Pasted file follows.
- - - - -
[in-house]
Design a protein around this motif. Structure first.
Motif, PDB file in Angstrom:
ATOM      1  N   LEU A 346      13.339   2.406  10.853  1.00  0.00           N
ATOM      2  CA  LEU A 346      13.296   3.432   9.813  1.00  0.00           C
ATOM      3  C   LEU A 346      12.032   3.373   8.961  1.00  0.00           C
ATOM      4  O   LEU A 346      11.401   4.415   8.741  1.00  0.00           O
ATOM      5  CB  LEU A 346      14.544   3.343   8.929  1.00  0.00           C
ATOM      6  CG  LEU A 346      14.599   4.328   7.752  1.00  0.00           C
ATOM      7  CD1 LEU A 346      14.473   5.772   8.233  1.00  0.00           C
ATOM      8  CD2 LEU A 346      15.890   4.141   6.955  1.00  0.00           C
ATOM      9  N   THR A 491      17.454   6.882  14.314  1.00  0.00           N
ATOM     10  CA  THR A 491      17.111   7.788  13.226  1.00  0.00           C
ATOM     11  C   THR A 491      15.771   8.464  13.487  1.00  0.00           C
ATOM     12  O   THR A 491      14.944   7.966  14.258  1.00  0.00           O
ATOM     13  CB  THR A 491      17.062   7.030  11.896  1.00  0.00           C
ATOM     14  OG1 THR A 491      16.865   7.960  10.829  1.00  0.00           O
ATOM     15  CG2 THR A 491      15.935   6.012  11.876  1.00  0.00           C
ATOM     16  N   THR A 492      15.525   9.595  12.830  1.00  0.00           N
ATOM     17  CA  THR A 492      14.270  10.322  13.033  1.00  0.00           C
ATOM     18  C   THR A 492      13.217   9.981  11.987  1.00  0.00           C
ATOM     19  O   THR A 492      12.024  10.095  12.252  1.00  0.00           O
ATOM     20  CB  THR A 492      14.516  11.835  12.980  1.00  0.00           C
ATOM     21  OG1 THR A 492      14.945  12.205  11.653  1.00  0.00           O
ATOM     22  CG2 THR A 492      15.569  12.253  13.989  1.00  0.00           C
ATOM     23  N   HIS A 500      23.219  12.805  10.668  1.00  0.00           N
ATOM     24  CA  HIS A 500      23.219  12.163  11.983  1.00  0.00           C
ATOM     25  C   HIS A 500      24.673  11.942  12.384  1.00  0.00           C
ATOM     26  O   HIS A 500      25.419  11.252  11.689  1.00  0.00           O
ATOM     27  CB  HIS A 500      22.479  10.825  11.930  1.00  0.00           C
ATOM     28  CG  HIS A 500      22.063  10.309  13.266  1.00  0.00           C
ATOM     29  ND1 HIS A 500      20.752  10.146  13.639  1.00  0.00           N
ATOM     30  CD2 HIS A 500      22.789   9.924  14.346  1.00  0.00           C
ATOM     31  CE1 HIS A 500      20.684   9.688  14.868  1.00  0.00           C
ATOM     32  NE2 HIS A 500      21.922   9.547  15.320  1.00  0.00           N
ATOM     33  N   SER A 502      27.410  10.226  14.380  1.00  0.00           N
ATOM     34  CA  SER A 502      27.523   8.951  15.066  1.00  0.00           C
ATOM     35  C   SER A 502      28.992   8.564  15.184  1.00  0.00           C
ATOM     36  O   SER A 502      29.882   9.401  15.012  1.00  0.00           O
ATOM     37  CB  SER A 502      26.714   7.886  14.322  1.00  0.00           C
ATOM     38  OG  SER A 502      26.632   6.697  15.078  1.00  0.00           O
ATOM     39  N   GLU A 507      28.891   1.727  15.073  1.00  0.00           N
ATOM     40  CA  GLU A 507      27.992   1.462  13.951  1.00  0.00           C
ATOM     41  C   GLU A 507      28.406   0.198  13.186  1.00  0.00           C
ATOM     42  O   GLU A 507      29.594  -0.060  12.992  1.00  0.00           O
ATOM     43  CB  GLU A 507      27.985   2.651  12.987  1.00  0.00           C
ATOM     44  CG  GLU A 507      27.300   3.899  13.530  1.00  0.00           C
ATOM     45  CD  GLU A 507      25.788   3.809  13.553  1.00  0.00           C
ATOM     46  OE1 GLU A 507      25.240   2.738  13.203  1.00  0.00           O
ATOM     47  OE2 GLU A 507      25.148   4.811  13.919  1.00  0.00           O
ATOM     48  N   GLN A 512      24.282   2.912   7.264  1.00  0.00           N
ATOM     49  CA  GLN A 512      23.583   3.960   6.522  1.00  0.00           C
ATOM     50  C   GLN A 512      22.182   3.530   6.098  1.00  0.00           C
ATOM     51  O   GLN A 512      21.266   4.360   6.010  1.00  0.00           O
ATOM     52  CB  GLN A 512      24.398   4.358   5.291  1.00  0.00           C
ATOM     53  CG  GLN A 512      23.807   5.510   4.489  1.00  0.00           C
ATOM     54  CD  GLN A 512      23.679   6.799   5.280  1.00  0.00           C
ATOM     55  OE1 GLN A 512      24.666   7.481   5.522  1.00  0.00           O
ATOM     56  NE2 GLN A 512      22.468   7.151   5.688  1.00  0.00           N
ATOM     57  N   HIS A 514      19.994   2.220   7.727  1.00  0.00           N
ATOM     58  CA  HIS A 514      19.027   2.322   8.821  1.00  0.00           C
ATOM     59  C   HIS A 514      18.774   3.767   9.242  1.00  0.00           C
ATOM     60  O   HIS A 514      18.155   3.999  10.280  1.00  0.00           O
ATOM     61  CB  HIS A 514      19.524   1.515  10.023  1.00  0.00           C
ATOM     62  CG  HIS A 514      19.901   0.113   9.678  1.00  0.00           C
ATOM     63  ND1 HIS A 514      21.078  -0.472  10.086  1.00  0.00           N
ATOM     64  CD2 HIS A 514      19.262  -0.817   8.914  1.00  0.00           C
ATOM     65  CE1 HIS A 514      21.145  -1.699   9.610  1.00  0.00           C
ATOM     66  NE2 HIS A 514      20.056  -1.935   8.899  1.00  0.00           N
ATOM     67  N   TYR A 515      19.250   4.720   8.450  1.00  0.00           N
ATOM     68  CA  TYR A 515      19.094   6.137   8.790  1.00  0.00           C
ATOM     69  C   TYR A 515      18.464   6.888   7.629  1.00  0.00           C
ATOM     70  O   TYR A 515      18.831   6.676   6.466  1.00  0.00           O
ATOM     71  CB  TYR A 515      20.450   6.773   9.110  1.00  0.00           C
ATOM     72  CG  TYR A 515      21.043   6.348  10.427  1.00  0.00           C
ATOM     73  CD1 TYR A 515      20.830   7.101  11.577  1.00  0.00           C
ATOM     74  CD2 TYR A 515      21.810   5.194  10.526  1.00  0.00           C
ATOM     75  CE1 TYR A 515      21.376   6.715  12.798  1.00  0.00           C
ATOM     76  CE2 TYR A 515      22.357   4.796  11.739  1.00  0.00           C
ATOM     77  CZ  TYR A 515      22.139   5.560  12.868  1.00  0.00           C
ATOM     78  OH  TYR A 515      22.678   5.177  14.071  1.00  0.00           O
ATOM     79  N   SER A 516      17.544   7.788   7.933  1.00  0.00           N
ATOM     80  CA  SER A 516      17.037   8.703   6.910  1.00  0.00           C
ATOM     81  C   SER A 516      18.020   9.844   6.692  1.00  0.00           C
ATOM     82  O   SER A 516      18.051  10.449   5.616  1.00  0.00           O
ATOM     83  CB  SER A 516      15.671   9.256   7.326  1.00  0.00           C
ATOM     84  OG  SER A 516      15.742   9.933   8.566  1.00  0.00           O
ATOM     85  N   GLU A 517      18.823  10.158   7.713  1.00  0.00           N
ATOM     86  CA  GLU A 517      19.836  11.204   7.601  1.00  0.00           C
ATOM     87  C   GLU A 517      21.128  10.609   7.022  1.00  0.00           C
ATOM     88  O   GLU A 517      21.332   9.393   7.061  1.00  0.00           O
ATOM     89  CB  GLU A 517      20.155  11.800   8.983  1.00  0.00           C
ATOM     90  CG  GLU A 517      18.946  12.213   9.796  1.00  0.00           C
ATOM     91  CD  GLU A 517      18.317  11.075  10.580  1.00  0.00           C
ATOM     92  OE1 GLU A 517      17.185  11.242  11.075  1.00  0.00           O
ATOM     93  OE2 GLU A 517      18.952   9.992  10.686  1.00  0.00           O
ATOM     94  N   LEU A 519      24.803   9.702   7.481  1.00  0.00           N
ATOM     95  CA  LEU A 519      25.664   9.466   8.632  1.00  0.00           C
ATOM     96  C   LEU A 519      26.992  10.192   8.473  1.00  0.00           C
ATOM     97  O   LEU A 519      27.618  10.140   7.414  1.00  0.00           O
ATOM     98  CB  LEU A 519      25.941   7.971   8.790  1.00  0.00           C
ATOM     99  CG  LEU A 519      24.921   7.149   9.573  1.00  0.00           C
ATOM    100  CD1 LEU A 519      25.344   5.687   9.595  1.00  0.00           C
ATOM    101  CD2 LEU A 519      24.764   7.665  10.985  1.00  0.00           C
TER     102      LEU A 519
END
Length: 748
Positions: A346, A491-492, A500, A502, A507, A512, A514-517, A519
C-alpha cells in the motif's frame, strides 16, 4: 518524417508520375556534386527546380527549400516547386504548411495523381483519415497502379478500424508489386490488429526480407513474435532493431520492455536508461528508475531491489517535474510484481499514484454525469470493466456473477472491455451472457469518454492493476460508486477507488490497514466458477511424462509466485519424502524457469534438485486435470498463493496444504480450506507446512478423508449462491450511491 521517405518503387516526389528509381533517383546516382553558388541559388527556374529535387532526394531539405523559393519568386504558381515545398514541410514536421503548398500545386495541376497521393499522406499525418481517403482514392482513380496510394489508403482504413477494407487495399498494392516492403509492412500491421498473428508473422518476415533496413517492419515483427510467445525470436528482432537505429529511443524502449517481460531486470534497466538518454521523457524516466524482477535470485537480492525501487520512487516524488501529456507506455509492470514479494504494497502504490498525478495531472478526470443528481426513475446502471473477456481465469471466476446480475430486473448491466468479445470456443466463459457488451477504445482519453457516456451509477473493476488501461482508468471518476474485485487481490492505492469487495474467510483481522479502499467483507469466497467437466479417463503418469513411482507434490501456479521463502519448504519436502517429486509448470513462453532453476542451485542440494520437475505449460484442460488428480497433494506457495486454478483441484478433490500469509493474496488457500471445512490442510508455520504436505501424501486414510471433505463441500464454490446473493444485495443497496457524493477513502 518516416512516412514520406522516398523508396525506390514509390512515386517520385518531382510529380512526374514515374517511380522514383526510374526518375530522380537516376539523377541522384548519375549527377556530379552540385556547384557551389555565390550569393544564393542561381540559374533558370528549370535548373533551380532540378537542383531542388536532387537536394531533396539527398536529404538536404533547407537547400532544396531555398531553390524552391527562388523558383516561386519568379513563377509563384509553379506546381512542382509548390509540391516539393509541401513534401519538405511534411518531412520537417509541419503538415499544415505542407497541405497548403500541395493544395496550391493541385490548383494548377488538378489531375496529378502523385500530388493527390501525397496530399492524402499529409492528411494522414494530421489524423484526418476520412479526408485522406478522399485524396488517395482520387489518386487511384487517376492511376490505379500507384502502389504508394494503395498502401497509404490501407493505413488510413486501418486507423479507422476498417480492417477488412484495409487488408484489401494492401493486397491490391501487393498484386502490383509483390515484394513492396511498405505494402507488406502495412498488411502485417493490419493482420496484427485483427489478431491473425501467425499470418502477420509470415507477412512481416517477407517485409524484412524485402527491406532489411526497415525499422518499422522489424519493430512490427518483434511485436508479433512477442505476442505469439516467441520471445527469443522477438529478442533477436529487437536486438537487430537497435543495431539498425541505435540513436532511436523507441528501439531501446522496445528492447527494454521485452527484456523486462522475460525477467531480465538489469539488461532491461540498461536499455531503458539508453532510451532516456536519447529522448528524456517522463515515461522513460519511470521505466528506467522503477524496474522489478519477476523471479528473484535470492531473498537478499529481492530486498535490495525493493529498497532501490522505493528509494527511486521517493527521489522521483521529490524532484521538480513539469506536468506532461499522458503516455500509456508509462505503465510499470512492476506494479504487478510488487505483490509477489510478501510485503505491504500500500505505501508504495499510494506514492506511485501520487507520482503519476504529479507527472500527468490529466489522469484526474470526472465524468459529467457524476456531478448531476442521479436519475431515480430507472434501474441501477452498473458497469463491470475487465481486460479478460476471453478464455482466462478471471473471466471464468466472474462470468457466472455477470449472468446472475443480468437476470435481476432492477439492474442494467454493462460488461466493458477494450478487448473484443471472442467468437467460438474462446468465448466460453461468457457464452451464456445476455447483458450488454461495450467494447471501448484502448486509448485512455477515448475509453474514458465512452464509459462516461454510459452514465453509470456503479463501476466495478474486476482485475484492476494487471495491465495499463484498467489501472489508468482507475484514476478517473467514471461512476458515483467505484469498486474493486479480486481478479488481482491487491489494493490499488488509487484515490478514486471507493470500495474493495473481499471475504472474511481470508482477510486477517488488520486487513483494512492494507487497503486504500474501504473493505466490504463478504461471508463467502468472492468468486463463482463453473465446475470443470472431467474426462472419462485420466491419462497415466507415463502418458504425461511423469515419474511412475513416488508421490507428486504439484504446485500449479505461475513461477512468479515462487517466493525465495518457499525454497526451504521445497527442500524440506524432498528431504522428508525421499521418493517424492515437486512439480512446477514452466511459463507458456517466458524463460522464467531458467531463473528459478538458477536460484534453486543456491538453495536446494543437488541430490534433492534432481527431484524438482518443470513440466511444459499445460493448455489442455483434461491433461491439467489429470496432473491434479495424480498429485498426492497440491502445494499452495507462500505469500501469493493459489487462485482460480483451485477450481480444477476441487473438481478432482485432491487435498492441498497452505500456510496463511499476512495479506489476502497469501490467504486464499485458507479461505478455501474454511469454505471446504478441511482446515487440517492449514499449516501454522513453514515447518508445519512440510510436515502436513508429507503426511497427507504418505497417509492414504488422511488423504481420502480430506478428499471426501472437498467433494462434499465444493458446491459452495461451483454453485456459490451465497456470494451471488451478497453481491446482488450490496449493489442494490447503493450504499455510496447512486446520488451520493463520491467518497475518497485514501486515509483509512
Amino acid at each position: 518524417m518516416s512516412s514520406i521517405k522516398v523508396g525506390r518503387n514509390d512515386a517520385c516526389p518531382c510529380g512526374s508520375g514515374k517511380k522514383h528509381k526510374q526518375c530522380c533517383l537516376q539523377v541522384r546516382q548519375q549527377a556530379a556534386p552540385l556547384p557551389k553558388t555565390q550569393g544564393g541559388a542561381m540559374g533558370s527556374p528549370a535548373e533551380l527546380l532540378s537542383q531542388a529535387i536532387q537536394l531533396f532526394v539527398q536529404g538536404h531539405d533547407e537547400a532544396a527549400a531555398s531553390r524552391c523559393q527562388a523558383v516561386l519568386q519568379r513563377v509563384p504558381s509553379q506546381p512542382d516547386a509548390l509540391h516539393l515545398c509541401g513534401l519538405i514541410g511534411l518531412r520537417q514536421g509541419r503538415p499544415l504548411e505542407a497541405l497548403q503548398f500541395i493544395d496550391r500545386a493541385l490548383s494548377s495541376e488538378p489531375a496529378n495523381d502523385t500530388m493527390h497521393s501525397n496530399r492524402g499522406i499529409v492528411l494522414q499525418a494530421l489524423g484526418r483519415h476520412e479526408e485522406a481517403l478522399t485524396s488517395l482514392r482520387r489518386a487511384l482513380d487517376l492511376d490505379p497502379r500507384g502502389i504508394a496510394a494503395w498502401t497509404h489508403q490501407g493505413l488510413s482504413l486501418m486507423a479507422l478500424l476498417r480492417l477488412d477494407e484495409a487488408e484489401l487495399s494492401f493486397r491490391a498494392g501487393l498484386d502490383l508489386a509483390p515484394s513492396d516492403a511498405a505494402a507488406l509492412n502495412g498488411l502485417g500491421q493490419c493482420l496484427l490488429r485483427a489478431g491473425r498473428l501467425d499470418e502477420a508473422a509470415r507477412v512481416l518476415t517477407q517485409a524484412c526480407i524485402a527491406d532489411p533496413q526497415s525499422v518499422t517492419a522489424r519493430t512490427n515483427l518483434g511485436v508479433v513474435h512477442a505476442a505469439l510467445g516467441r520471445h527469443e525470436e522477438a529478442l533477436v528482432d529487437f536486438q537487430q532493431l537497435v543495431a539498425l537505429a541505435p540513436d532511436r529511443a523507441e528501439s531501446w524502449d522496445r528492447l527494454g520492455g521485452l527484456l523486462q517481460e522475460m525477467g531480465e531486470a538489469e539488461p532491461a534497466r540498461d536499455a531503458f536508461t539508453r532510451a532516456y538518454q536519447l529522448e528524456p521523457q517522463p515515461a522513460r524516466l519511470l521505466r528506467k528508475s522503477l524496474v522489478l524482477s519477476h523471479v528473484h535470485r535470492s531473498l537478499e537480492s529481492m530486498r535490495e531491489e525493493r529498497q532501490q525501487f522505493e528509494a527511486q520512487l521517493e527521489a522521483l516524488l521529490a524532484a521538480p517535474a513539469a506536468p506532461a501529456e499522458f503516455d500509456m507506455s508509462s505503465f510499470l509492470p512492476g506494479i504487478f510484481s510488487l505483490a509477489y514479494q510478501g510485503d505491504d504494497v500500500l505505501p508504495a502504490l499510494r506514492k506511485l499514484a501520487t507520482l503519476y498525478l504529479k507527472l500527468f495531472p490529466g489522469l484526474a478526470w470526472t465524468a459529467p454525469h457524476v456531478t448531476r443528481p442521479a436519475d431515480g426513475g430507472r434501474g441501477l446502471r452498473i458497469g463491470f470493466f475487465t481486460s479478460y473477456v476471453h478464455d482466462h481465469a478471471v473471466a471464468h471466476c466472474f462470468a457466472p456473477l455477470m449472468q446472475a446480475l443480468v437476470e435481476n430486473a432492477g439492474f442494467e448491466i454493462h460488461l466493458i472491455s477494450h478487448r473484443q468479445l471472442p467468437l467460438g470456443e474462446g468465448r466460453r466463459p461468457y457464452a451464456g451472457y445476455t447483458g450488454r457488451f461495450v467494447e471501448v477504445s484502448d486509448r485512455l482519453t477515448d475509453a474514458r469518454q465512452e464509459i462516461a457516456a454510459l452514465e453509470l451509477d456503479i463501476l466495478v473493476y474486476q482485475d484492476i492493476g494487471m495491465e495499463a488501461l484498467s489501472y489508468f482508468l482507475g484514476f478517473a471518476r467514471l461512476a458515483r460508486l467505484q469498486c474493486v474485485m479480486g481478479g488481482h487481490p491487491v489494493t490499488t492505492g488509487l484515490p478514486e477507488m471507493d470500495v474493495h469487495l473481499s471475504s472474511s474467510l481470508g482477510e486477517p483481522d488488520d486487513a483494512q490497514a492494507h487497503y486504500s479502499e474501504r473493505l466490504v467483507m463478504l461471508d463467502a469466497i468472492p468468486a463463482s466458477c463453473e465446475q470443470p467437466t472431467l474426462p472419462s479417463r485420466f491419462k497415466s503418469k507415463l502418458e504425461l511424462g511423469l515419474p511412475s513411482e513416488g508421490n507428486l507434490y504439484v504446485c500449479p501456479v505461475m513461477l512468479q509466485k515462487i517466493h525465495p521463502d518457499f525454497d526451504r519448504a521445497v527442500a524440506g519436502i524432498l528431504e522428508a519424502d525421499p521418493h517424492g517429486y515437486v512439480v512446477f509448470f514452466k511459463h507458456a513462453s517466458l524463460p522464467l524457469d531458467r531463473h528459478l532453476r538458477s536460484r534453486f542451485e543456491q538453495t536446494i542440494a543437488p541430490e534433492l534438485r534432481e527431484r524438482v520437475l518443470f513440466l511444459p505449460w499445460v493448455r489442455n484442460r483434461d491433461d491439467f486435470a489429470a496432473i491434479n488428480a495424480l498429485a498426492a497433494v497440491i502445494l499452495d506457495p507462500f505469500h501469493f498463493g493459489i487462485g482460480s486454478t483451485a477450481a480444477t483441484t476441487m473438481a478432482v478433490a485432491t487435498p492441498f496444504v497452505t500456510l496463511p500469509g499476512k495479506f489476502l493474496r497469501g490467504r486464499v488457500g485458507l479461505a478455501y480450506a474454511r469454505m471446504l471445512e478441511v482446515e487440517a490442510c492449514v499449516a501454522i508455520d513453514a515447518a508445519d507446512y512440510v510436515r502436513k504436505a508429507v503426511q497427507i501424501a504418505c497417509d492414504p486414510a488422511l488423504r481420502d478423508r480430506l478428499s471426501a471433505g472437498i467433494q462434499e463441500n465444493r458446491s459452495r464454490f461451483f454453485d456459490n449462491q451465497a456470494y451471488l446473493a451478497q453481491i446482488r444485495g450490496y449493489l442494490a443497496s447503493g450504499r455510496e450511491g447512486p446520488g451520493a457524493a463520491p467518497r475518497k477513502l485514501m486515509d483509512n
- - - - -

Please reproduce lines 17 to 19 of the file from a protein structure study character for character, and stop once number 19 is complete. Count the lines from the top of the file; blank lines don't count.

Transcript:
ATOM     14  OG1 THR A 491      16.865   7.960  10.829  1.00  0.00           O
ATOM     15  CG2 THR A 491      15.935   6.012  11.876  1.00  0.00           C
ATOM     16  N   THR A 492      15.525   9.595  12.830  1.00  0.00           N